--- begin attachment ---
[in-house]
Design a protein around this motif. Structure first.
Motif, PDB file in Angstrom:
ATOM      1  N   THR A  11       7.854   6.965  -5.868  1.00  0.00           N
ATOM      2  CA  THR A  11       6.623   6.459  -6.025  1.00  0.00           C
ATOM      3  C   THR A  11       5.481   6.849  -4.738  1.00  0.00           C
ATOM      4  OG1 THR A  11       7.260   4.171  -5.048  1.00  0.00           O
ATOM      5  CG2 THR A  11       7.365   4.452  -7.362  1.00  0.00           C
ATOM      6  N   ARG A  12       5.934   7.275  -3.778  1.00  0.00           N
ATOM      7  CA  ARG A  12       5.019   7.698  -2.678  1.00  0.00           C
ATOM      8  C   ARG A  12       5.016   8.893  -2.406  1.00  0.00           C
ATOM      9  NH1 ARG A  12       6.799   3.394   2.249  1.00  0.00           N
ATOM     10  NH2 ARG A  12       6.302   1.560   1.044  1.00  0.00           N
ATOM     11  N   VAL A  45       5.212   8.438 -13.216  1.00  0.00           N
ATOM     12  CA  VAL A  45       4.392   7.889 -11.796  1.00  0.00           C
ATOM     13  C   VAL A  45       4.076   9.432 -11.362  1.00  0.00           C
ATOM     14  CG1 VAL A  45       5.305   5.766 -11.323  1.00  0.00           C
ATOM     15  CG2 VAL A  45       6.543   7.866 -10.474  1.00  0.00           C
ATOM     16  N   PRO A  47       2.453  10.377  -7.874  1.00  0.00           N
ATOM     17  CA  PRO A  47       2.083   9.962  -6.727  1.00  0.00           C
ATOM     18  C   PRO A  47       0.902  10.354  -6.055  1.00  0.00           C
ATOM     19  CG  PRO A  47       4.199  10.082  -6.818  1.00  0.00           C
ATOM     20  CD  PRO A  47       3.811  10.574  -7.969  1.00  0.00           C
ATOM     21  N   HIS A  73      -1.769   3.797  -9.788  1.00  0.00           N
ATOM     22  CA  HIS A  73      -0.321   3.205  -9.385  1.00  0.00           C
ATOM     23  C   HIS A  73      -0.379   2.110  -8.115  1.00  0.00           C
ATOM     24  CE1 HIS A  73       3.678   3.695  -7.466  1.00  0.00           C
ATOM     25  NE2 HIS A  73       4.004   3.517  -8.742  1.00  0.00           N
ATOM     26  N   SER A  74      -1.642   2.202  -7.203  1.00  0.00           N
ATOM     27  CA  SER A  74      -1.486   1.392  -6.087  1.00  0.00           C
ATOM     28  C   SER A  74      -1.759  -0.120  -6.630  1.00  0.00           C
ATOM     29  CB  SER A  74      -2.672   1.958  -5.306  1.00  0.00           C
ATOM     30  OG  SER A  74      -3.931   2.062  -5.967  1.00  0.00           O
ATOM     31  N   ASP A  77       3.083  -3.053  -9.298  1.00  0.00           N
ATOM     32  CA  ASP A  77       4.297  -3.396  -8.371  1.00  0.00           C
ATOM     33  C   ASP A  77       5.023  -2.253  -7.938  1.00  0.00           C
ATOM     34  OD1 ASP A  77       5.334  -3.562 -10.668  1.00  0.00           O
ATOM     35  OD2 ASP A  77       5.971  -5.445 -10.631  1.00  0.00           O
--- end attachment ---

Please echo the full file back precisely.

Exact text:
[in-house]
Design a protein around this motif. Structure first.
Motif, PDB file in Angstrom:
ATOM      1  N   THR A  11       7.854   6.965  -5.868  1.00  0.00           N
ATOM      2  CA  THR A  11       6.623   6.459  -6.025  1.00  0.00           C
ATOM      3  C   THR A  11       5.481   6.849  -4.738  1.00  0.00           C
ATOM      4  OG1 THR A  11       7.260   4.171  -5.048  1.00  0.00           O
ATOM      5  CG2 THR A  11       7.365   4.452  -7.362  1.00  0.00           C
ATOM      6  N   ARG A  12       5.934   7.275  -3.778  1.00  0.00           N
ATOM      7  CA  ARG A  12       5.019   7.698  -2.678  1.00  0.00           C
ATOM      8  C   ARG A  12       5.016   8.893  -2.406  1.00  0.00           C
ATOM      9  NH1 ARG A  12       6.799   3.394   2.249  1.00  0.00           N
ATOM     10  NH2 ARG A  12       6.302   1.560   1.044  1.00  0.00           N
ATOM     11  N   VAL A  45       5.212   8.438 -13.216  1.00  0.00           N
ATOM     12  CA  VAL A  45       4.392   7.889 -11.796  1.00  0.00           C
ATOM     13  C   VAL A  45       4.076   9.432 -11.362  1.00  0.00           C
ATOM     14  CG1 VAL A  45       5.305   5.766 -11.323  1.00  0.00           C
ATOM     15  CG2 VAL A  45       6.543   7.866 -10.474  1.00  0.00           C
ATOM     16  N   PRO A  47       2.453  10.377  -7.874  1.00  0.00           N
ATOM     17  CA  PRO A  47       2.083   9.962  -6.727  1.00  0.00           C
ATOM     18  C   PRO A  47       0.902  10.354  -6.055  1.00  0.00           C
ATOM     19  CG  PRO A  47       4.199  10.082  -6.818  1.00  0.00           C
ATOM     20  CD  PRO A  47       3.811  10.574  -7.969  1.00  0.00           C
ATOM     21  N   HIS A  73      -1.769   3.797  -9.788  1.00  0.00           N
ATOM     22  CA  HIS A  73      -0.321   3.205  -9.385  1.00  0.00           C
ATOM     23  C   HIS A  73      -0.379   2.110  -8.115  1.00  0.00           C
ATOM     24  CE1 HIS A  73       3.678   3.695  -7.466  1.00  0.00           C
ATOM     25  NE2 HIS A  73       4.004   3.517  -8.742  1.00  0.00           N
ATOM     26  N   SER A  74      -1.642   2.202  -7.203  1.00  0.00           N
ATOM     27  CA  SER A  74      -1.486   1.392  -6.087  1.00  0.00           C
ATOM     28  C   SER A  74      -1.759  -0.120  -6.630  1.00  0.00           C
ATOM     29  CB  SER A  74      -2.672   1.958  -5.306  1.00  0.00           C
ATOM     30  OG  SER A  74      -3.931   2.062  -5.967  1.00  0.00           O
ATOM     31  N   ASP A  77       3.083  -3.053  -9.298  1.00  0.00           N
ATOM     32  CA  ASP A  77       4.297  -3.396  -8.371  1.00  0.00           C
ATOM     33  C   ASP A  77       5.023  -2.253  -7.938  1.00  0.00           C
ATOM     34  OD1 ASP A  77       5.334  -3.562 -10.668  1.00  0.00           O
ATOM     35  OD2 ASP A  77       5.971  -5.445 -10.631  1.00  0.00           O